Syndicated to Kansas newspapers May 1, 2017
Martin HawverEver get right to the door of the state hospital room of your suicidal, or maybe criminally insane, distant cousin and start thinking “do I really want my concealed-carry pistol now?”
Not often? That’s probably a good thing, but starting July 1, at the 32 buildings on campuses of the state’s four hospitals, you may not have to worry about that.
What’s this about? A largely forgotten portion of the state’s concealed-carry law which on July 1 will prevent anyone in authority at the state hospitals from making sure that there aren’t any guns in the buildings.
The original concealed-carry law passed several years ago had a provision that carrying guns at state hospitals, private hospitals, and on university campuses could be prohibited until July 1 of this year by merely posting a sign.
On July 1, those signs become just a decorative nuisance. The folks who run those hospitals and colleges won’t be able to prohibit concealed-carry by the general public unless there are guards and metal detectors and those electronic wands to make sure that nobody not specifically authorized to carry a gun can enter one of those buildings.
The key is that unless a hospital or school can make sure nobody has a weapon, well, everyone can have a weapon. Probably not a good idea at hospitals where there are mentally ill patients, or probably even at public colleges where, well, there are college kids.
Gov. Sam Brownback appears to have last week recalled that provision in state law, and in a budget amendment handed to the Senate Ways and Means and House Appropriations committees, he asked for $12 million for the upcoming fiscal year and $12 million the next year before he leaves office to get the guards and metal detectors and such needed to meet the nobody carries guns or everyone can carry guns provisions of state law.
Seems a little late to remember that provision, and while state universities and private hospitals have been working with little result most of the legislative session to win exemption from the lifting of the ban on concealed-carry, the wrap-up session starting this week is the first time there’s been a realization of the effect of that provision.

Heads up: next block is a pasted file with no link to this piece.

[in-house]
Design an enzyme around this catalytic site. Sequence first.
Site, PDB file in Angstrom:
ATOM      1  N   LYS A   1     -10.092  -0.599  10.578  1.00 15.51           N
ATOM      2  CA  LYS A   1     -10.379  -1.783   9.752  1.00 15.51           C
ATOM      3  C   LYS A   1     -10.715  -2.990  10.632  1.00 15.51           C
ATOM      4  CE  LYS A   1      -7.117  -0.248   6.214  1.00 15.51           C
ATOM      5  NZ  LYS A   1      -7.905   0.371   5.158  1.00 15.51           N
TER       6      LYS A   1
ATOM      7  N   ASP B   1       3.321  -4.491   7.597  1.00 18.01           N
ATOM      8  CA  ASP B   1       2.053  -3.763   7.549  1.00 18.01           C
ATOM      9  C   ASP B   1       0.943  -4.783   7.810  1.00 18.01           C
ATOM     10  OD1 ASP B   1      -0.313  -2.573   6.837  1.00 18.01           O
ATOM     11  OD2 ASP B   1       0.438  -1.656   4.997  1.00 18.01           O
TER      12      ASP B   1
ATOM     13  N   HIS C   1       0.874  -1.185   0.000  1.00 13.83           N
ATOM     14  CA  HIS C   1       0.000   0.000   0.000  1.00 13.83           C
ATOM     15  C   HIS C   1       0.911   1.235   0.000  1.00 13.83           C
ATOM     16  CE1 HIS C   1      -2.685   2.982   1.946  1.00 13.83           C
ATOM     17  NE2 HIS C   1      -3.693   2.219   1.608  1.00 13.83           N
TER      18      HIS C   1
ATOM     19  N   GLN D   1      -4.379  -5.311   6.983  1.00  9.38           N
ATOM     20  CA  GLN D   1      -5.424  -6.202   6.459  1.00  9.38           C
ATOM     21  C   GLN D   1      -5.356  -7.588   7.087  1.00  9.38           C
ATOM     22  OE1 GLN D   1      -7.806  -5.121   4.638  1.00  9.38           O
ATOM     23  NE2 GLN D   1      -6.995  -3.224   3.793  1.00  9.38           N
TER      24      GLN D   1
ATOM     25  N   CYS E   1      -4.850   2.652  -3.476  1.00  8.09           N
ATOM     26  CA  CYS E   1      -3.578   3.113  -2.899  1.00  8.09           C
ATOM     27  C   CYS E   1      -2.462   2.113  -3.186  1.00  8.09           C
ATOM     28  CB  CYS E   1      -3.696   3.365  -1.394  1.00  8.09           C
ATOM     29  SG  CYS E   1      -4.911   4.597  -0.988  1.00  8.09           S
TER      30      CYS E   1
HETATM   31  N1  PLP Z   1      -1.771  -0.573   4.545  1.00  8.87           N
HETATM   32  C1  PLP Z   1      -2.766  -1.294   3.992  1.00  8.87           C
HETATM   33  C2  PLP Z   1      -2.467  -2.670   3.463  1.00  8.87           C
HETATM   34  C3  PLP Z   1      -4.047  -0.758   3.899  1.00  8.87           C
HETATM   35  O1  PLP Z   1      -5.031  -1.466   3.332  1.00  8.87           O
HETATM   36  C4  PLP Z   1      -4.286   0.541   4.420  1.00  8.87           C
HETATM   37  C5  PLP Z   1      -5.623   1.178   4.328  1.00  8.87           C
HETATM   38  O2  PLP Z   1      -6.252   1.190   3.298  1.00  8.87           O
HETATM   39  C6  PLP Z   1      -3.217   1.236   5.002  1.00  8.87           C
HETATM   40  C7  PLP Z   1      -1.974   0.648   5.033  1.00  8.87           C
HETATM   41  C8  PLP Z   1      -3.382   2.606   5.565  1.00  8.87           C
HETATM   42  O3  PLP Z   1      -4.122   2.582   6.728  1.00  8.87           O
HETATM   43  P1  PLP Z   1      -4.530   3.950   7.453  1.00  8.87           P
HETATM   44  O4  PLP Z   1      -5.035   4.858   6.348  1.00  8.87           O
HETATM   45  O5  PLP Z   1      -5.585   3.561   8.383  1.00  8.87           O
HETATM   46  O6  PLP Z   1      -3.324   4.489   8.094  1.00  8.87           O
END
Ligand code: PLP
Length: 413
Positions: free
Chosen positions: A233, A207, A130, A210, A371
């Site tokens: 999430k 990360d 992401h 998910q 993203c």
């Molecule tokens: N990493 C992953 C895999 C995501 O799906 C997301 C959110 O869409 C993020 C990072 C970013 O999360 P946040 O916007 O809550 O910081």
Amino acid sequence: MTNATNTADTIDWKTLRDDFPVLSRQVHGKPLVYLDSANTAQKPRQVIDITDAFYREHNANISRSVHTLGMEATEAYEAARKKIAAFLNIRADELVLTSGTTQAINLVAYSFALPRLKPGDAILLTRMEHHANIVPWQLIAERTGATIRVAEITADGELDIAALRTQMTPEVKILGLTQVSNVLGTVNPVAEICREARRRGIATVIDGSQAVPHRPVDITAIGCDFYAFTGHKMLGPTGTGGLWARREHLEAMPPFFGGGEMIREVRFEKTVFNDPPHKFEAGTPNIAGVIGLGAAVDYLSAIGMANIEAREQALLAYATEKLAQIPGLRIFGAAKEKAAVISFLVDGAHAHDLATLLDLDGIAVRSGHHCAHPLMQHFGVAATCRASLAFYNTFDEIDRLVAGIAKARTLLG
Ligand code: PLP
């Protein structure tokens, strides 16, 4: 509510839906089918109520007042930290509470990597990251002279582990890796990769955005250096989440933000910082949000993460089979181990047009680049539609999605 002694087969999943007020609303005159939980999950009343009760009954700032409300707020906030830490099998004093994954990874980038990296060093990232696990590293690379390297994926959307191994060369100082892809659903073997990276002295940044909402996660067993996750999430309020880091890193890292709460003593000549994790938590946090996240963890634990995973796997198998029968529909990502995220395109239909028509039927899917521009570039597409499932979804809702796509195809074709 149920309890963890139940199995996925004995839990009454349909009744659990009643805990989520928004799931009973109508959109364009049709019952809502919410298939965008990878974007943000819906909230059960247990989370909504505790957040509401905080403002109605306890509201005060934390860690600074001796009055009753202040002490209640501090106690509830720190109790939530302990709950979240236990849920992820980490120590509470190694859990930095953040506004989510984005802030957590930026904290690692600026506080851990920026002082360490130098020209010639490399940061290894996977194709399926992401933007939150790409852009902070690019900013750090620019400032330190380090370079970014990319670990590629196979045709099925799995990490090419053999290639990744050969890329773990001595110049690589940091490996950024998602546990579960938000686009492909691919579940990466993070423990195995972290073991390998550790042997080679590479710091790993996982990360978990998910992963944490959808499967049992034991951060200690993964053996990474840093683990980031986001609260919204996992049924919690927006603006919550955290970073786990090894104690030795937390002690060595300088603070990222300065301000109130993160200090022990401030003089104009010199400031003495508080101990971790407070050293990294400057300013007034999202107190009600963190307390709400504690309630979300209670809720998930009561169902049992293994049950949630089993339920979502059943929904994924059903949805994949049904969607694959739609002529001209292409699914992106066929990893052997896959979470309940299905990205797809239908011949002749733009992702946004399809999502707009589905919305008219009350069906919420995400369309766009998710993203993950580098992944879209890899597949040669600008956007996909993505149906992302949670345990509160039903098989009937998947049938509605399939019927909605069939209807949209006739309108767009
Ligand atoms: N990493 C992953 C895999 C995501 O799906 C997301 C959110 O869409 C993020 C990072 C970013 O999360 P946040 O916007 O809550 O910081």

For the four state hospitals—Larned and Osawatomie state hospitals, the Kansas Neurological Institute and Parsons State Hospital and Training Center—Brownback asked lawmakers to appropriate that $12 million a year for the remainder of his term. Probably a little late, we’d guess, with the July deadline approaching and the Kansas Department for Aging and Disability Services which runs the hospitals saying it will take maybe nine or 10 months from the day it gets the check to meet the gun screening requirements.
One fix is simple. Just remove the language from state law that requires gun-search equipment and personnel to prohibit folks from carrying guns into those hospitals—and maybe because it would just take a few more lines of type, college campuses?
This is going to be interesting for Legislature-watches. Do lawmakers continue the now signs-only no-concealed-carry ban, which gun lobbyists oppose? Or do they pony up the money for the security measures and hope that nothing bad happens until the state hospitals get their security measures in place?
Yes, it seems a little late to be considering which way to go and money for state hospitals is tight. And…of course, do workers at those state hospitals decide to get licensed to carry concealed weapons and decide they’d rather take those security door guard jobs estimated to pay $65,000 a year rather than lesser-paying jobs mopping floors and providing health-care services and feeding those hospital patients?
All of a sudden, this gun business hits lawmakers where they look first—at the budget.
See how this comes out…